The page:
Home for the Howlidays

About  Home for the Howlidays

Author: Julia Talbot

Word Count: 47000

Page Count (pdf): 196

ISBN: 978-1-953438-12-6

Price: 4.99

Pairing: m/m

Series:  Dead and Breakfast

Genre: paranormal

Date Published: 12/01/2020

Publisher:  Turtlehat Creatives

Heat Rating: 3 Rainbows

File Types available: pdf. mobi. epub

This title has been moved to Kindle Unlimited!


Bear shifter Tanner loves his B&B and his adopted family of vampires, shifters and more that come with it. The problem is that all of his friends are finding their mates, and he’s still alone. And lonely.

When a kindly truck driver drops spirit bear Kody off in Colorado with his three orphaned bear cubs, he has no memory of his old life and no idea what he’d going to do to keep his cubs alive. Then he finds the Dead and Breakfast Inn and asks for work. He thinks Tanner is the kindest man he’s ever met, and both Kody and Tanner immediately know this is where Kody is supposed to be.

Kody keeps having visions that someone is coming for him, though, and even as Tanner tried to help Kody settle in, he knows he has to figure out what the threat is and make sure it can’t hurt Kody, or his new babies. Can the crew at the Dead and Breakfast pull off a holiday miracle in time for Kody and Tanner to find the love they both need so much?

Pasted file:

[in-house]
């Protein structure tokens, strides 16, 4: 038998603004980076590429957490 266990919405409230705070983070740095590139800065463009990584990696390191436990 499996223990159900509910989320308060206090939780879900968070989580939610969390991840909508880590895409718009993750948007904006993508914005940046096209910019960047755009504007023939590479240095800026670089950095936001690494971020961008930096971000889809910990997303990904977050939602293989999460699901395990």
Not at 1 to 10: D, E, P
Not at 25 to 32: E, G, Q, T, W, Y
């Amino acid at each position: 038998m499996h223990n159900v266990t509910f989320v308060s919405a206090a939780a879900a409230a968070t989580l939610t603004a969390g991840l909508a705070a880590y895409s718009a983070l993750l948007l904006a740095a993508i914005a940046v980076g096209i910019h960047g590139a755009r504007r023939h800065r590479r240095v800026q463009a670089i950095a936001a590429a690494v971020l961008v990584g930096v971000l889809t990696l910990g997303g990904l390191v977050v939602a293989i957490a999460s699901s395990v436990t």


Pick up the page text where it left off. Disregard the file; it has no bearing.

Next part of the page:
Chapter One

Tanner Weiling stood on the ladder out on the porch of the Dead and Breakfast Inn, freezing his big old bear butt off. The snows were up to an elephant’s ass, let alone his, and he was outside. Why?

Because it was on Carter’s list for him to put up lights the day after Thanksgiving, which was today. That was why. The bouncy kitty was hanging shit inside, saying Tanner had more insulation than he did.

Somehow, he had a feeling that Carter was saying he was packing on his hibernation weight. Not a good thing to tell the boss, who was now shivering and trying to get icicle lights to stay on hooks that already had icicles on them.

“Dammit.” He banged his hand on the gable. “There had better be hot tea with honey and flapjacks for me when I get down from here.”

“Pardon me?” The softest voice sounded, seeming to wrap around him. “Do you need help? I’m looking for work to trade for a little milk and some sugar.”

He glanced down under his arm, which was kinda tough, and spit the clip out of his mouth. “Hi! Uh, I didn’t hear you drive up.” The man was… oh, he was so pretty, with white-blond hair, almost reddish at the tips. Tanner expected him to have pale eyes, too, but they were so dark they were almost black.

“I’m Kody. I’m happy to work. I don’t mind the cold.”

“I’m just old and lazy.” Tanner climbed down the ladder, noting that Kody came to about his chin. “Nice to meet you, Kody. I’m Tanner.” His nose worked, his bear telling him Kody was also a bear shifter.

“Pleased to meet you.” Skinny. This little bear was bony, the patched coat hanging off him. Even with that, his hand was warm when he shook Tanner’s proffered one, so the cold must really be easier for him.

“Back at you. So did you say you were looking for work?”

“Yes, sir. I’ll trade work for milk and sugar. I don’t need a lot, maybe half a gallon of milk and a cup of sugar? I’ll work for the rest of the morning for it.”